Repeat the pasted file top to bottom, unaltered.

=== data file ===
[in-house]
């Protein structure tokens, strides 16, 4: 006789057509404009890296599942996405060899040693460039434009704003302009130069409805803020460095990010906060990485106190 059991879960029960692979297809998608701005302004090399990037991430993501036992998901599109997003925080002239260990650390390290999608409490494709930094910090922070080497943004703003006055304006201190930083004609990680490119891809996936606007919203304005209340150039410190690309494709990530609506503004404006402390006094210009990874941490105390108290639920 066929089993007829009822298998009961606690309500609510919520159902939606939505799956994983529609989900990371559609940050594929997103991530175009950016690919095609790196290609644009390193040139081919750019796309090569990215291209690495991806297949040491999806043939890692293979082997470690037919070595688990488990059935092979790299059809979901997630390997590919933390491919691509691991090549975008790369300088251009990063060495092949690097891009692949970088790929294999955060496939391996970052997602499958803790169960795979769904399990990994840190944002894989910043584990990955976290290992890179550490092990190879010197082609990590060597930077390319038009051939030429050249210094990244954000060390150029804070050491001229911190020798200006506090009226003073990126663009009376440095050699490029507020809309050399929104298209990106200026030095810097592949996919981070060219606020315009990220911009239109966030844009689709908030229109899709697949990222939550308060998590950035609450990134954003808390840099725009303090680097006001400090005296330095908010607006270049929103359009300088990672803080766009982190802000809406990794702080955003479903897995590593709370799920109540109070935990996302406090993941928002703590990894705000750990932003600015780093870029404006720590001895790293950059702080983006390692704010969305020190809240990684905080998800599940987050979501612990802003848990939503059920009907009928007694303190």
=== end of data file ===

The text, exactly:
[in-house]
């Protein structure tokens, strides 16, 4: 006789057509404009890296599942996405060899040693460039434009704003302009130069409805803020460095990010906060990485106190 059991879960029960692979297809998608701005302004090399990037991430993501036992998901599109997003925080002239260990650390390290999608409490494709930094910090922070080497943004703003006055304006201190930083004609990680490119891809996936606007919203304005209340150039410190690309494709990530609506503004404006402390006094210009990874941490105390108290639920 066929089993007829009822298998009961606690309500609510919520159902939606939505799956994983529609989900990371559609940050594929997103991530175009950016690919095609790196290609644009390193040139081919750019796309090569990215291209690495991806297949040491999806043939890692293979082997470690037919070595688990488990059935092979790299059809979901997630390997590919933390491919691509691991090549975008790369300088251009990063060495092949690097891009692949970088790929294999955060496939391996970052997602499958803790169960795979769904399990990994840190944002894989910043584990990955976290290992890179550490092990190879010197082609990590060597930077390319038009051939030429050249210094990244954000060390150029804070050491001229911190020798200006506090009226003073990126663009009376440095050699490029507020809309050399929104298209990106200026030095810097592949996919981070060219606020315009990220911009239109966030844009689709908030229109899709697949990222939550308060998590950035609450990134954003808390840099725009303090680097006001400090005296330095908010607006270049929103359009300088990672803080766009982190802000809406990794702080955003479903897995590593709370799920109540109070935990996302406090993941928002703590990894705000750990932003600015780093870029404006720590001895790293950059702080983006390692704010969305020190809240990684905080998800599940987050979501612990802003848990939503059920009907009928007694303190």